The same is true with the problem of doubt. As we all remember, Thomas was not present when Jesus first appeared to the apostles. He refused to believe that Jesus was risen unless he could see and touch him for himself. Again, a week later, the apostles find themselves behind locked doors. This time, however, the doors are locked not just because of fear, but because of doubt. Jesus is not offended by Thomas' lack of faith. Jesus does not refuse to reveal his risen glory to Thomas because of his doubts. Rather, he made a point of reaching out to him though the doors of his heart were bolted by unbelief. It is by having a personal encounter with the Risen Jesus that Thomas is able to overcome his doubts and make one of the most sincere and profound expressions of faith found in the New Testament, "My Lord and my God!"
We see what a transformation takes place in the lives of the apostles in our first reading from the Acts of the Apostles. They are now fearlessly proclaiming the good news of Jesus' resurrection throughout Jerusalem. Crowds are flocking to hear them just as they did to Jesus. And miraculous healings are taking place, just as they did by the hand of Jesus. The encounter with the Risen Lord has transformed the apostles from men fettered by fear and doubt into men who proclaim with boldness the resurrection of Jesus and who continue his ministry of healing and reconciliation.
The Scriptures make it clear to us that if we find ourselves weighed down by fear and doubt, then we must encounter the Risen Lord. How is that possible so many centuries after he has ascended into heaven? Today's readings again give us more insight into how it is that we may have a personal encounter today with the Risen Lord.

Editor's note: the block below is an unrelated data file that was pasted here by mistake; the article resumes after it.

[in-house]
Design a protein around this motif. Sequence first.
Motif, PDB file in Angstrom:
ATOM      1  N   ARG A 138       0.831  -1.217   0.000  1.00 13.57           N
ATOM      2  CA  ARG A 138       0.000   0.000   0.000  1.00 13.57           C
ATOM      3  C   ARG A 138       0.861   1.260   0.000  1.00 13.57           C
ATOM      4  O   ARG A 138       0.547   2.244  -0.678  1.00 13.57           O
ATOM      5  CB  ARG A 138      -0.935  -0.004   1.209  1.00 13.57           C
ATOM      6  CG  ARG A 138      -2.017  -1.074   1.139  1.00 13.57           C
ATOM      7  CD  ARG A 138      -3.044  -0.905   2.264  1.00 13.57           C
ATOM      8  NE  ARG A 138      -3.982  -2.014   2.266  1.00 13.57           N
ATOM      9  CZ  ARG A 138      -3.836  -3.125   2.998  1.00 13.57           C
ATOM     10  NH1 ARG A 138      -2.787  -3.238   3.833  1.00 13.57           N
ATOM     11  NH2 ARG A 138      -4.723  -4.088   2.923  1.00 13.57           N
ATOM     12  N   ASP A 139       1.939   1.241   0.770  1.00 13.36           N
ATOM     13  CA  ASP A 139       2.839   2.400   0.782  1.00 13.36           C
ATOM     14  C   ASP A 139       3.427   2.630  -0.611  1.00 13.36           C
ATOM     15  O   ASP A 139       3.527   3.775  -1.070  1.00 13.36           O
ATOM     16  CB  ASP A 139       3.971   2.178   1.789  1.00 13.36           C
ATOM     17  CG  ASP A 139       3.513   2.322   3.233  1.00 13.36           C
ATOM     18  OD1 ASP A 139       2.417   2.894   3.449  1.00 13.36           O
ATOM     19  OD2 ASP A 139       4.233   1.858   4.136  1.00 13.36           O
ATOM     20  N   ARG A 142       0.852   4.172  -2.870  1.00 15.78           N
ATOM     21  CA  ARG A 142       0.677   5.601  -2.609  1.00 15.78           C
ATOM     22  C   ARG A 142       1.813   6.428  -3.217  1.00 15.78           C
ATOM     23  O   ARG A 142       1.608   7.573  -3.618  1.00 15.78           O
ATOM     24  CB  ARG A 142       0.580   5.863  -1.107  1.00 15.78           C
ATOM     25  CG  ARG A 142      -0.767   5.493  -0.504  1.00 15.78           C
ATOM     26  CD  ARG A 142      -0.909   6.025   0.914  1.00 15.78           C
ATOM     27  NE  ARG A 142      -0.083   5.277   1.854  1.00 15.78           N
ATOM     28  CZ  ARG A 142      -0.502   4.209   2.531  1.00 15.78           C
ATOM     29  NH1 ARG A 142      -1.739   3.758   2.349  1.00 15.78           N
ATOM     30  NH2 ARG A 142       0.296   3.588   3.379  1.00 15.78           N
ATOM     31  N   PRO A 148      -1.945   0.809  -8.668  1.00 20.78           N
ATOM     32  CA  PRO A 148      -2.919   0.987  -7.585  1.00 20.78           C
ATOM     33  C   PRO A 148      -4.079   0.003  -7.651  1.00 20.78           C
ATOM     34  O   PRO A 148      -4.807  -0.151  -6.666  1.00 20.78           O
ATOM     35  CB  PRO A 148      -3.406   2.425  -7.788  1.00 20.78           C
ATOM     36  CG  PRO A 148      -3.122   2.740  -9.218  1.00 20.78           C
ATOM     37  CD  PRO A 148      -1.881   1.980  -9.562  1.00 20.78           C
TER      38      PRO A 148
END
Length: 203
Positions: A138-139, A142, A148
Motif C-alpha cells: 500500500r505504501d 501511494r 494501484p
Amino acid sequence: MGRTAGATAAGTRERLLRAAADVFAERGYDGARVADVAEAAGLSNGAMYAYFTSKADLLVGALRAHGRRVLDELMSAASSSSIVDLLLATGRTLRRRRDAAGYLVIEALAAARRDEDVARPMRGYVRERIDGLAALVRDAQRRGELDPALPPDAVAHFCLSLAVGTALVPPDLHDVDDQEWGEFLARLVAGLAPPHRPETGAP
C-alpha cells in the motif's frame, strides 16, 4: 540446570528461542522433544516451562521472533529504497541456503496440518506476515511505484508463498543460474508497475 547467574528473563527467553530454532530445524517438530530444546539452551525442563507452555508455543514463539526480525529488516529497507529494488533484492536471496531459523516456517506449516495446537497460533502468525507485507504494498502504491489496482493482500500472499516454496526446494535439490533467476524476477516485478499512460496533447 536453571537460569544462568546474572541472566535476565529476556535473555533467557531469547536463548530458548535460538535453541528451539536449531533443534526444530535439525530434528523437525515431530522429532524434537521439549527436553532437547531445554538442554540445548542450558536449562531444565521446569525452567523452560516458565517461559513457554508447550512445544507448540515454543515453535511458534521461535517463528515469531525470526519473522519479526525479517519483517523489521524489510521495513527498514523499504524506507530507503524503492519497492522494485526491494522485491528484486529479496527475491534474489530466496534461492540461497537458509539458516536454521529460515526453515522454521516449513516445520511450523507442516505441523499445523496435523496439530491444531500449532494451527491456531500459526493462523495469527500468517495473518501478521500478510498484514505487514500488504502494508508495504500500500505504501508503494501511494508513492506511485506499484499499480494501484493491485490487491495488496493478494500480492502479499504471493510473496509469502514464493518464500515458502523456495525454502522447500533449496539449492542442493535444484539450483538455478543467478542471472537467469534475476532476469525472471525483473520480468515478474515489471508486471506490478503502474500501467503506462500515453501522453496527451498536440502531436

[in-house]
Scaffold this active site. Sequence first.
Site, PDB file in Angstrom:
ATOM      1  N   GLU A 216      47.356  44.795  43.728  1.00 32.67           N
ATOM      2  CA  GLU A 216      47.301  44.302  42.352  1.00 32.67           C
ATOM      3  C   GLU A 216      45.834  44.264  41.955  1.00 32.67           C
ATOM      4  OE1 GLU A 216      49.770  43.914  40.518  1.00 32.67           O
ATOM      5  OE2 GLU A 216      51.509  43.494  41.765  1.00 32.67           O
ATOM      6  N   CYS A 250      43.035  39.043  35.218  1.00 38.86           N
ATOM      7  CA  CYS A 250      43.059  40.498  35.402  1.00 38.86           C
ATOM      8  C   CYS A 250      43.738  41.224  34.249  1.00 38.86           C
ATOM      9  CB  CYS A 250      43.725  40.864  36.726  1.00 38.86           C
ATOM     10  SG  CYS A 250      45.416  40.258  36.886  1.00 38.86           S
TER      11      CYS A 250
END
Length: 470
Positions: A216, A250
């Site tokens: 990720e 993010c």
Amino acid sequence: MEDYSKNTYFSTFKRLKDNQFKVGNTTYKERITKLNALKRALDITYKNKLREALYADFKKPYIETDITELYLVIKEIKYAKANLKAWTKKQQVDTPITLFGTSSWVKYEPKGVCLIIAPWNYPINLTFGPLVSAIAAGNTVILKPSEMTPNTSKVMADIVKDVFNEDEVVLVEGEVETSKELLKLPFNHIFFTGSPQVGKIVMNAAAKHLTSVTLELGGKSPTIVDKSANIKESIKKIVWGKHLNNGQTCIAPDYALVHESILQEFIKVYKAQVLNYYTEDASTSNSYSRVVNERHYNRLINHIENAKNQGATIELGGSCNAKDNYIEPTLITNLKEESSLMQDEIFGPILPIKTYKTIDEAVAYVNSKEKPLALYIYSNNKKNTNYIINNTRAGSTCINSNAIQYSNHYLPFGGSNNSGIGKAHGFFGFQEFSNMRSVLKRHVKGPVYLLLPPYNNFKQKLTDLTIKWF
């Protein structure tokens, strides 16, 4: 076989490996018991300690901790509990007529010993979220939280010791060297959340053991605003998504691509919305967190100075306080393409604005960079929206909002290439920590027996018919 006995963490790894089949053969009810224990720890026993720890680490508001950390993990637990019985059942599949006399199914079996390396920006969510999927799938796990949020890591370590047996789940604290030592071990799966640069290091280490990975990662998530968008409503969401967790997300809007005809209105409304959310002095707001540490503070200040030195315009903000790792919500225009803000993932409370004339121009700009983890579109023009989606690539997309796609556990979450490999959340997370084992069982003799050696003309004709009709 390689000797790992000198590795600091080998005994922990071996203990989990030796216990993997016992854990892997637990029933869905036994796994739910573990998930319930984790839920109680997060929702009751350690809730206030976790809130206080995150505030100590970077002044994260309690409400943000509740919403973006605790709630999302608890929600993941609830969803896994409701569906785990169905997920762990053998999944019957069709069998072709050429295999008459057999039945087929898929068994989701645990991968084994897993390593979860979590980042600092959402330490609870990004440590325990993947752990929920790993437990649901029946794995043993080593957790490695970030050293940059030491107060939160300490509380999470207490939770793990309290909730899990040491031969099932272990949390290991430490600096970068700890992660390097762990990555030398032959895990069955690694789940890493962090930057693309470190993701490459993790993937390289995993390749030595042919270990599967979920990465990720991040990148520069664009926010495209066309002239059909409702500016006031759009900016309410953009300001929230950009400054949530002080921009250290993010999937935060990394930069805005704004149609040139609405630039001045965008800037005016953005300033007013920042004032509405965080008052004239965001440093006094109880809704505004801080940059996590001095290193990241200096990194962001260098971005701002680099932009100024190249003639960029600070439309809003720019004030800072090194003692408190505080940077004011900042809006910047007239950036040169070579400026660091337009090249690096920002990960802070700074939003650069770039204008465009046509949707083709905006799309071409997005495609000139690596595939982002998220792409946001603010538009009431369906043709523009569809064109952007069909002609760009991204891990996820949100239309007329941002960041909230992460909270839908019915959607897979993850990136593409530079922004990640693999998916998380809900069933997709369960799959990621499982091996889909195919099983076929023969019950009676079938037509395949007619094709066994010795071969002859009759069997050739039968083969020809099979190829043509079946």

We remember that Jesus makes his first appearance to the apostles on the night of the resurrection, a Sunday. But then Jesus waits a whole week to reveal himself again. He does not appear to them the next day, but waits until the following Sunday to show himself to Thomas. To drive the point home even further, in today's second reading from the book of Revelation, it is on a Sunday, the Lord's day, that John has a vision of the Risen Christ and receives the revelation of all that is to take place. This is to make it clear to us that Sunday is the day when we encounter the Risen Lord, in particular during our celebration of the Eucharist. Therefore, for us who live so many centuries since the death and resurrection of Jesus, it is in this place where we hear the word of God proclaimed and receive the Body and Blood of Jesus that we encounter Christ still alive among us. Though we cannot see him as clearly as the apostles did or put our fingers in his wounds as Thomas did, the encounter with Jesus is just as real and has the same power to dispel our fears and doubts.
So if fear and doubt continue to siphon off our peace and joy, this is the place to bring it. Here we meet Jesus in all his risen glory. Here we exchange the burden of unbelief for the power of faith. It is here that we bloom into believers willing to trumpet the good news of a Savior who has broken down the doors of sin and death. Blessed are we! We have not seen, but we believe and cry out, "My Lord and my God!"